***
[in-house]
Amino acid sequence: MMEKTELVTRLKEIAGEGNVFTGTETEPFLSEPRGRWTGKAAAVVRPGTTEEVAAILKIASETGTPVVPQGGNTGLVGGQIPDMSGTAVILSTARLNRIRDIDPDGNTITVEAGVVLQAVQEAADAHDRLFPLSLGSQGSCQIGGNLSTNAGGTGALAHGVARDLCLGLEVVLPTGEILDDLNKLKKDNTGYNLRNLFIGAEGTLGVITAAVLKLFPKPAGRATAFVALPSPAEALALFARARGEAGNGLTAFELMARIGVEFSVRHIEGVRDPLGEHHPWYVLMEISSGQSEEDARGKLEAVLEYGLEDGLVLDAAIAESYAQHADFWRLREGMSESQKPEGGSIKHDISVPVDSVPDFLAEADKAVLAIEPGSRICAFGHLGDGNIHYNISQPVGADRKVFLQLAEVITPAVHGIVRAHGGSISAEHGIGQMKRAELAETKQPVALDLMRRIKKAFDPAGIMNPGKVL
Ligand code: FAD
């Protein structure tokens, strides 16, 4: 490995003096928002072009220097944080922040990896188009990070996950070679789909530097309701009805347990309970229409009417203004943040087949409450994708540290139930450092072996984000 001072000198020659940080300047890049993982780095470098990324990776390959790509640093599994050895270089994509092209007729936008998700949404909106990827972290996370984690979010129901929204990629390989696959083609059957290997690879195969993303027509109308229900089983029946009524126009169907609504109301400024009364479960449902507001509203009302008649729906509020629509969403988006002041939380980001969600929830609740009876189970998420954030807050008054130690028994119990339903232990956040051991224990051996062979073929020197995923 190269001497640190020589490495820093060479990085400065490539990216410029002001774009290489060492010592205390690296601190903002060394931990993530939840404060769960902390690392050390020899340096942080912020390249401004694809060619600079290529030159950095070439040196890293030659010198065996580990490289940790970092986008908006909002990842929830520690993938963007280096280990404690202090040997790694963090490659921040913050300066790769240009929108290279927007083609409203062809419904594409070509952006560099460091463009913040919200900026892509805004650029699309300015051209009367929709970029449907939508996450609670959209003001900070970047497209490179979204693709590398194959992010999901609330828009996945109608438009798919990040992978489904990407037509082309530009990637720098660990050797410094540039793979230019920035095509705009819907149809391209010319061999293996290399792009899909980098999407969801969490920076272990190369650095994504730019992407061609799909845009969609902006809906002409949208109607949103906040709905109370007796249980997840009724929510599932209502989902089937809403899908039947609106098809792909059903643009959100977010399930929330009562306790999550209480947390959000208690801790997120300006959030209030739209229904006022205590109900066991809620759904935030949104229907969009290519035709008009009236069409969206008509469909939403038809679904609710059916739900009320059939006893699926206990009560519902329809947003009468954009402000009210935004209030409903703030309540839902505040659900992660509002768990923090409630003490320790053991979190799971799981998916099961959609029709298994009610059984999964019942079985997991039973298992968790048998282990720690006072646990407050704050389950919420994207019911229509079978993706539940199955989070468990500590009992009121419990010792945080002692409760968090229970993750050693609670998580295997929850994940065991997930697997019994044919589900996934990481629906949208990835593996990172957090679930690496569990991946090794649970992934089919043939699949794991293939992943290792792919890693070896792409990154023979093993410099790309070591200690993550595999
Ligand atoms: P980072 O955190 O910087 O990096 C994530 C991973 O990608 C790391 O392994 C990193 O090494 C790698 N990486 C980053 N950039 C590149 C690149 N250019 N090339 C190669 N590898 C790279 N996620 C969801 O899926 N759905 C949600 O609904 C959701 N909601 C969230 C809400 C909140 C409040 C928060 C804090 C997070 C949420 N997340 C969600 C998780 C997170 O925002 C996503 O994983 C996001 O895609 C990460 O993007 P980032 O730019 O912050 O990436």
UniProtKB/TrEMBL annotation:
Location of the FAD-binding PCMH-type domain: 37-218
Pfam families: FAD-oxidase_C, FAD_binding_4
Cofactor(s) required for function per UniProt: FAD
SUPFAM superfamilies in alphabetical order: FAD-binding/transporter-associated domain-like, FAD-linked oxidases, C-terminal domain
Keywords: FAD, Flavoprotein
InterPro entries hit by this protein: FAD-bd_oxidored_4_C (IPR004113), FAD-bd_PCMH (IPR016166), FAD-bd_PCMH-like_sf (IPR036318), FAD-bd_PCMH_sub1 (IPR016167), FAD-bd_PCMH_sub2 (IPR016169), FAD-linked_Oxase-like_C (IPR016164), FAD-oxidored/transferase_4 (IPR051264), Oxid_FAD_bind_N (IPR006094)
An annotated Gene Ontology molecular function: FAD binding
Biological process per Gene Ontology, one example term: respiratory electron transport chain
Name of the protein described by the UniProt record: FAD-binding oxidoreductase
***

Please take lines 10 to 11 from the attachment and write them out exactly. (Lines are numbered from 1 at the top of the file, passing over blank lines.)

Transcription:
SUPFAM superfamilies in alphabetical order: FAD-binding/transporter-associated domain-like, FAD-linked oxidases, C-terminal domain
Keywords: FAD, Flavoprotein